Establishment of a National Financial Information Registry: The government, in consultation with the RBI, will establish a National Financial Information Registry that will serve as a central repository of financial and ancillary information. The registry is expected to facilitate the flow of credit and promote financial inclusion. The registry is expected to be similar (paywalled) to the Public Credit Registry (PCR) proposed by the RBI in 2018, which was meant to be a comprehensive database of all credit information accessible to all types of lenders.
Regulations for Non-Personal Data: A National Data Governance Policy is proposed to enable access to anonymised data, which could have wide ranging effects to anonymised financial information by fintechs and finserv entities. This is particularly relevant given that the latest draft Data Protection Bill omits non-personal data from its scope. (See our previous coverage on the Data Protection Bill here.)
KYC Simplification: Rather than a one size fits all approach, an approach tailored to the risk profile of a particular customer will be encouraged, which could allow for cost savings and quicker onboardings. Additionally, there are proposals to allow ID and address updates through DigiLocker, and for all government agencies to use PAN as a single common business identifier rather than the current fragmented approach.
Scope of DigiLocker expanded: Scope of documents for individuals and non-individual entities (e.g. small businesses) is expected to be expanded. An entity-level Digilocker will be implemented for usage by MSMEs, large businesses, and charitable trusts to securely store and share important documents online with various entities including regulators, banks, and authorities (check out Setu’s KYC product here!)
News coverage we liked on this topic: For a more macro perspective on financial inclusion, you can read D91 Labs’ coverage on the budget here. This article in The CapTable (paywalled) articulates the concerns of the fintech industry regarding gaps that the budget failed to address, and this article in The Print dives deeper into simplifying the KYC process using technology.
Stories from D91: Check out D91’s latest blog in the 'Banking on Women' Series, an initiative to understand and design for the financial lives of women in India. The blog explores women’s tenuous relationship with credit and the factors that affect their borrowing decisions. Also out, as part of the 'Digital Payments for the Next Half Billion' Series, D91's fourth blog exploring the case for 'credit' on UPI in driving financial inclusion in India. Finally, you can read our summary of the Budget 2023-24 announcements with implications for financial inclusion.
RBI publishes status of applications from payment aggregators: The RBI recently released the status of applications received from online payment aggregators (PAs) under the Payment and Settlement Systems Act, 2007 as of February 15th. Out of the total number of applicants, 32 existing PAs and 19 new PAs have been granted in-principle approval, 18 existing PAs and 9 new PAs are under review, and the applications of 4 existing PAs were returned. The list also includes 17 existing PAs and 40 new PAs whose applications were returned or withdrawn, with an instruction to cease online PA activities and close their accounts within 180 days.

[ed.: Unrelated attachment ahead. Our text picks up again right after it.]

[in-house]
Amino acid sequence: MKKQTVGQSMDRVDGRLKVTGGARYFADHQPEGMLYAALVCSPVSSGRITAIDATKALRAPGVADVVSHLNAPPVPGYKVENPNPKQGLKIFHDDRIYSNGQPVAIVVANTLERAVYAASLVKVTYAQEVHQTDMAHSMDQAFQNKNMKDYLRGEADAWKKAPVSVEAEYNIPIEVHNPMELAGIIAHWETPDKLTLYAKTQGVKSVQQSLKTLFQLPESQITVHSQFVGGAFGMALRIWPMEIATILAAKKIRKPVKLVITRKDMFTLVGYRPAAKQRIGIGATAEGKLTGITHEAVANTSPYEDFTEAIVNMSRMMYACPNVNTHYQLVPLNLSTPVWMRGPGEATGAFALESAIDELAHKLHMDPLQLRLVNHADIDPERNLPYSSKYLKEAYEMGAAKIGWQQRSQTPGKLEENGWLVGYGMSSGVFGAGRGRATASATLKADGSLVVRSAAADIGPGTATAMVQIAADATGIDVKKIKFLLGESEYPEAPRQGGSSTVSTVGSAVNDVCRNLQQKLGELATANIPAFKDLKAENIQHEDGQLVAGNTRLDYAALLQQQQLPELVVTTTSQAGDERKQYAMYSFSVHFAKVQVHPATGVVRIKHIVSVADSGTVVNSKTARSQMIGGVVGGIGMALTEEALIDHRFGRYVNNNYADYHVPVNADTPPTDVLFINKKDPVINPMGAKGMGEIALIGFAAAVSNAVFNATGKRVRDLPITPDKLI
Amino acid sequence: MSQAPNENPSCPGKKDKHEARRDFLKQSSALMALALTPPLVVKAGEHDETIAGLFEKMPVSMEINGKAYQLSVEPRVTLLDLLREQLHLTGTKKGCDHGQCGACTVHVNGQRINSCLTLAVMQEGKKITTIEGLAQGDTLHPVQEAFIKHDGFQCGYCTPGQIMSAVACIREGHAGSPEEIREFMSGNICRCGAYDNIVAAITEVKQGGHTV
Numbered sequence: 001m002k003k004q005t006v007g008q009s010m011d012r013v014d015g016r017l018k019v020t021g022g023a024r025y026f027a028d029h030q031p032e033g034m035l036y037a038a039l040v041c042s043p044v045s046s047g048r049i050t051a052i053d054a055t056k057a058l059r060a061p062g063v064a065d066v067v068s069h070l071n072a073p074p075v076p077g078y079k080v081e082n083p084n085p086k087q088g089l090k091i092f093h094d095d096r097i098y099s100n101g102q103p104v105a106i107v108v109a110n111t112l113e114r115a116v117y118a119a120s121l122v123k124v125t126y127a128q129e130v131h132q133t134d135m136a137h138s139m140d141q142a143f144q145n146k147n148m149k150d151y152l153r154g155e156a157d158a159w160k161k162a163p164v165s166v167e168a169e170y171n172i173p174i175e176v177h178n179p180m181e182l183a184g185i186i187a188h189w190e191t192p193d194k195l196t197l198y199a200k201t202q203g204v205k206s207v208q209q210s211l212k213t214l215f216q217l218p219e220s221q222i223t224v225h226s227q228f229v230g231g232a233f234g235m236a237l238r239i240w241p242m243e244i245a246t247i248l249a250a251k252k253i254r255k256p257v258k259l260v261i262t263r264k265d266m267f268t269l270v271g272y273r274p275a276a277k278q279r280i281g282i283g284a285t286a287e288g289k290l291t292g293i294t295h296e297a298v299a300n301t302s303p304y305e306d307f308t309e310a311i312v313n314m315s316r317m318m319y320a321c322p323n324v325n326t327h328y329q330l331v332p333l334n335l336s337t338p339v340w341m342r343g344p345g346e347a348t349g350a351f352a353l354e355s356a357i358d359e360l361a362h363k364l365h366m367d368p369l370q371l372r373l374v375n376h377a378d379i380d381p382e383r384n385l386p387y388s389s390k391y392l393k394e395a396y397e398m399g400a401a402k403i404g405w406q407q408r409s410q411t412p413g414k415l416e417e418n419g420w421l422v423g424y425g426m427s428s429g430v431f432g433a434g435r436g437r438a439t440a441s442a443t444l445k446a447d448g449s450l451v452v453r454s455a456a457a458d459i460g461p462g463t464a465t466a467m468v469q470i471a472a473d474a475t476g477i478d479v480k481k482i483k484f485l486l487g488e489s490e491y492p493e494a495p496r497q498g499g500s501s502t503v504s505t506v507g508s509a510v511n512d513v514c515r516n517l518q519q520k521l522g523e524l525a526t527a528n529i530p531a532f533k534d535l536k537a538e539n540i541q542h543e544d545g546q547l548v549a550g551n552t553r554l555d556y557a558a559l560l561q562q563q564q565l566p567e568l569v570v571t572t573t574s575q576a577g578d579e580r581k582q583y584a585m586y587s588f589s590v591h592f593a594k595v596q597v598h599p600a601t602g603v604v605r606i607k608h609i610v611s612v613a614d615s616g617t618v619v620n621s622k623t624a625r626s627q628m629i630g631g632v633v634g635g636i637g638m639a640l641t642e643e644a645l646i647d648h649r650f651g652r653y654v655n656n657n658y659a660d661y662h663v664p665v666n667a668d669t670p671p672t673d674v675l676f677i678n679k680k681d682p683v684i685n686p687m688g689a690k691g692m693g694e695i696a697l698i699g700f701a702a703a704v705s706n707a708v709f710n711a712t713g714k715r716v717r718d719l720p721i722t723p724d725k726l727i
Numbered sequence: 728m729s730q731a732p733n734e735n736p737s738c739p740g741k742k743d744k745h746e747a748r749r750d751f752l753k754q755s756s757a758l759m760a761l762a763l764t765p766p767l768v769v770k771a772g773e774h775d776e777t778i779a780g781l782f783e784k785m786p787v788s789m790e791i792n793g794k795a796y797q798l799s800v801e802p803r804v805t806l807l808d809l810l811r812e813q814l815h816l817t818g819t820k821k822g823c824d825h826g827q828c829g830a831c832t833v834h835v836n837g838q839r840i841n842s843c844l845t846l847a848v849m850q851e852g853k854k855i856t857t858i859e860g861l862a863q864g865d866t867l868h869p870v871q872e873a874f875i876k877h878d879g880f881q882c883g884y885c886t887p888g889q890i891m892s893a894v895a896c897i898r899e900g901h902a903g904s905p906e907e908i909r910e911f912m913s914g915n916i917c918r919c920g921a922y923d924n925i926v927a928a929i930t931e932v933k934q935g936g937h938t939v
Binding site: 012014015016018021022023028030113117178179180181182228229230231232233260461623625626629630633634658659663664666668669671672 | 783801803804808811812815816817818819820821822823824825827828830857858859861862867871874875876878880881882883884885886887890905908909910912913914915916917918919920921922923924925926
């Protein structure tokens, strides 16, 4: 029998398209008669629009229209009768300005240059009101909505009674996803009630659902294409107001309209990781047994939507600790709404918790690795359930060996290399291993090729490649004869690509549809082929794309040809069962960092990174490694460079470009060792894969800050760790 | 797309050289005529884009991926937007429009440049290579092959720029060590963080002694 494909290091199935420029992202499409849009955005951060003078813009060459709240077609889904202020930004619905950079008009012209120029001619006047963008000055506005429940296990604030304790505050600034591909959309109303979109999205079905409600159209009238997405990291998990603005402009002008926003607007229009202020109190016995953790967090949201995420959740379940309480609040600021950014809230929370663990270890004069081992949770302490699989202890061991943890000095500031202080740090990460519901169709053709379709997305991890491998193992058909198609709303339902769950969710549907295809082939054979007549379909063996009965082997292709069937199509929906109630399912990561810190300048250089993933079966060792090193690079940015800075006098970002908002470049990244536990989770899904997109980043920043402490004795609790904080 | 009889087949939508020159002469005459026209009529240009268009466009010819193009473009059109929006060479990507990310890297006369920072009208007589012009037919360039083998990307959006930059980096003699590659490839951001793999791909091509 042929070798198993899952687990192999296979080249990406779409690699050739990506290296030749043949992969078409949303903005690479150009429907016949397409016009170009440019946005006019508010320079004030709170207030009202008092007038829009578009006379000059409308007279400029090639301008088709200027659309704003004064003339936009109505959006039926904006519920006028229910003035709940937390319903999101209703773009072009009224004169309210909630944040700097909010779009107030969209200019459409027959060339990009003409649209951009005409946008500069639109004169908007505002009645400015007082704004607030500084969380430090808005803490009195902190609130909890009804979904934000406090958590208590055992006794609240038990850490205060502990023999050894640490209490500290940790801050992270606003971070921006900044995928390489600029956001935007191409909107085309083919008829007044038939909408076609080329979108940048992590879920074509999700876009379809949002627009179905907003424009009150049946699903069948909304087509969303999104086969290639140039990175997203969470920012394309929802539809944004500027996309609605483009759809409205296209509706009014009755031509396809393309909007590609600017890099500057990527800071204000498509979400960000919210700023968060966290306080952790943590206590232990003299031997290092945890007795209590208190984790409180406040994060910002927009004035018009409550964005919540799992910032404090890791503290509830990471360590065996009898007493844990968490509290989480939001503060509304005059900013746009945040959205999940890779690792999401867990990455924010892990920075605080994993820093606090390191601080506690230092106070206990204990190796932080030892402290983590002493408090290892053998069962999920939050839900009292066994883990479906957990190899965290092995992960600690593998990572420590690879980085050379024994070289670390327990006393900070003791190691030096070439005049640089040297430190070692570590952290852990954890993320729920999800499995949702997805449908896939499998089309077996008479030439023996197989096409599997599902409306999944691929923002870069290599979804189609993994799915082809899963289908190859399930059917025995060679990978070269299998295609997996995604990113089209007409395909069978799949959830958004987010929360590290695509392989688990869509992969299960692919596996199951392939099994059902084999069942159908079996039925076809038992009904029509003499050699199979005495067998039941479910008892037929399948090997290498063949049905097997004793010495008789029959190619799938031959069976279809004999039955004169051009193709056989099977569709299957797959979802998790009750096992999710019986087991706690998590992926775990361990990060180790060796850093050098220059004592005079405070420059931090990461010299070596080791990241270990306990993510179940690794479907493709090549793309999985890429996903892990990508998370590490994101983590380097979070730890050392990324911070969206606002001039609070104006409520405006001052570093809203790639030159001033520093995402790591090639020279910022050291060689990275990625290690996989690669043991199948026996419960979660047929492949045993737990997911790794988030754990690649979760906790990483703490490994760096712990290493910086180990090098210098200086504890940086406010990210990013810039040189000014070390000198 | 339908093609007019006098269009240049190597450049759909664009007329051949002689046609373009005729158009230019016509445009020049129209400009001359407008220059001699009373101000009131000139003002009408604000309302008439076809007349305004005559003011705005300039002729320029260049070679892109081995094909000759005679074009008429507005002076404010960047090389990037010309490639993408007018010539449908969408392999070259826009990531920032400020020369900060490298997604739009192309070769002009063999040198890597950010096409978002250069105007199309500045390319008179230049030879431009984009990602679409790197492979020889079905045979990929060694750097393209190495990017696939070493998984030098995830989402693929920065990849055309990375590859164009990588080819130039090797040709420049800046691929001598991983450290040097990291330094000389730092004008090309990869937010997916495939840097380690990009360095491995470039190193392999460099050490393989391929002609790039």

UPI goes international: India's UPI and Singapore's PayNow have been officially connected, allowing for real-time payment linkage. This marks the first cross-border Person to Person (P2P) payment facilities to be launched with Singapore, making it easier for the Indian diaspora, especially migrant workers and students, to transfer money instantaneously and at a lower cost from Singapore to India and vice versa. While UPI payments through QR codes are already in place in Singapore, it was only limited to a few outlets, making this move a significant expansion.
UPI at the G20 Summit: The RBI launched 'UPI One World', a digital payment system for foreign nationals visiting India. It will allow users to load money via international currency/cards and pay seamlessly at any QR code in India using an interoperable UPI 2.0 rails. UPI One World will initially be offered by ICICI Bank, IDFC First Bank and three non-bank PPI issuers: Pine Labs ,Transcorp International, Ebix Cash.
UPI LITE Launched: Paytm Payments Bank Limited (PPBL) has become the first payments bank to launch UPI LITE, a feature that enables quick and real-time transactions for multiple small value UPI transactions, with a limit of INR 200 per transaction and INR 4,000 daily. For interested readers, here’s an interesting article by D91 Labs on UPI LITE's potential to solve for small-value transactions.
This wraps up the updates which caught our eye in February ‘23! Feel free to DM us on Twitter or LinkedIn, or fill out this form with feedback or topics to include in our March edition.